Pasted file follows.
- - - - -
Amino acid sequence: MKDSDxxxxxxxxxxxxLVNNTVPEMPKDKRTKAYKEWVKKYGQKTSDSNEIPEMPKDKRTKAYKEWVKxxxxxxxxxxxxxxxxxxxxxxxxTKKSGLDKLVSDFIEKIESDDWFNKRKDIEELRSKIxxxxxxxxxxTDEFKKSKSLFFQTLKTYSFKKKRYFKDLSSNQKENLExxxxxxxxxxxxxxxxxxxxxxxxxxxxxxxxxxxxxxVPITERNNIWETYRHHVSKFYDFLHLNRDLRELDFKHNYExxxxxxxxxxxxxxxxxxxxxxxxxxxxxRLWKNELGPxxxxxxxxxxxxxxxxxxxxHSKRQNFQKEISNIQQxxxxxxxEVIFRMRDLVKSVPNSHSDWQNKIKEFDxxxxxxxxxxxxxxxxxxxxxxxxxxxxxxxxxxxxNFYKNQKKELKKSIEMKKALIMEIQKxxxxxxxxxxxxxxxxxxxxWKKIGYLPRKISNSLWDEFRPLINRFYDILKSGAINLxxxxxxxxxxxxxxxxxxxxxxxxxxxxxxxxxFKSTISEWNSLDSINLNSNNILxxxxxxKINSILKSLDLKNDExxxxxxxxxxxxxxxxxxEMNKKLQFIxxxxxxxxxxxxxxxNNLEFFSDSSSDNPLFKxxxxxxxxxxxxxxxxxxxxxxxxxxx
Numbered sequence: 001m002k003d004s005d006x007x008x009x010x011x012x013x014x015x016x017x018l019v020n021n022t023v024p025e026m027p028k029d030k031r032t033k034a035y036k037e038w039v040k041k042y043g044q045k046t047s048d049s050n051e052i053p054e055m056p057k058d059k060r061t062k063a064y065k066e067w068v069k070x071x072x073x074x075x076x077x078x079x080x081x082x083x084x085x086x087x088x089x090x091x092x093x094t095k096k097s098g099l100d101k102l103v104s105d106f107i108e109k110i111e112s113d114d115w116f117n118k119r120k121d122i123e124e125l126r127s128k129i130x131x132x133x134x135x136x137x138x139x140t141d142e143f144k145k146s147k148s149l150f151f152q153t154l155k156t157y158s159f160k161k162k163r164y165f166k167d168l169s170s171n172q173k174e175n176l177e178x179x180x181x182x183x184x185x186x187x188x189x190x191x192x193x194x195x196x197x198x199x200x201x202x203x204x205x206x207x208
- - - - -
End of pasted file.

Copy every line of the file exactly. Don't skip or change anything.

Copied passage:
Amino acid sequence: MKDSDxxxxxxxxxxxxLVNNTVPEMPKDKRTKAYKEWVKKYGQKTSDSNEIPEMPKDKRTKAYKEWVKxxxxxxxxxxxxxxxxxxxxxxxxTKKSGLDKLVSDFIEKIESDDWFNKRKDIEELRSKIxxxxxxxxxxTDEFKKSKSLFFQTLKTYSFKKKRYFKDLSSNQKENLExxxxxxxxxxxxxxxxxxxxxxxxxxxxxxxxxxxxxxVPITERNNIWETYRHHVSKFYDFLHLNRDLRELDFKHNYExxxxxxxxxxxxxxxxxxxxxxxxxxxxxRLWKNELGPxxxxxxxxxxxxxxxxxxxxHSKRQNFQKEISNIQQxxxxxxxEVIFRMRDLVKSVPNSHSDWQNKIKEFDxxxxxxxxxxxxxxxxxxxxxxxxxxxxxxxxxxxxNFYKNQKKELKKSIEMKKALIMEIQKxxxxxxxxxxxxxxxxxxxxWKKIGYLPRKISNSLWDEFRPLINRFYDILKSGAINLxxxxxxxxxxxxxxxxxxxxxxxxxxxxxxxxxFKSTISEWNSLDSINLNSNNILxxxxxxKINSILKSLDLKNDExxxxxxxxxxxxxxxxxxEMNKKLQFIxxxxxxxxxxxxxxxNNLEFFSDSSSDNPLFKxxxxxxxxxxxxxxxxxxxxxxxxxxx
Numbered sequence: 001m002k003d004s005d006x007x008x009x010x011x012x013x014x015x016x017x018l019v020n021n022t023v024p025e026m027p028k029d030k031r032t033k034a035y036k037e038w039v040k041k042y043g044q045k046t047s048d049s050n051e052i053p054e055m056p057k058d059k060r061t062k063a064y065k066e067w068v069k070x071x072x073x074x075x076x077x078x079x080x081x082x083x084x085x086x087x088x089x090x091x092x093x094t095k096k097s098g099l100d101k102l103v104s105d106f107i108e109k110i111e112s113d114d115w116f117n118k119r120k121d122i123e124e125l126r127s128k129i130x131x132x133x134x135x136x137x138x139x140t141d142e143f144k145k146s147k148s149l150f151f152q153t154l155k156t157y158s159f160k161k162k163r164y165f166k167d168l169s170s171n172q173k174e175n176l177e178x179x180x181x182x183x184x185x186x187x188x189x190x191x192x193x194x195x196x197x198x199x200x201x202x203x204x205x206x207x208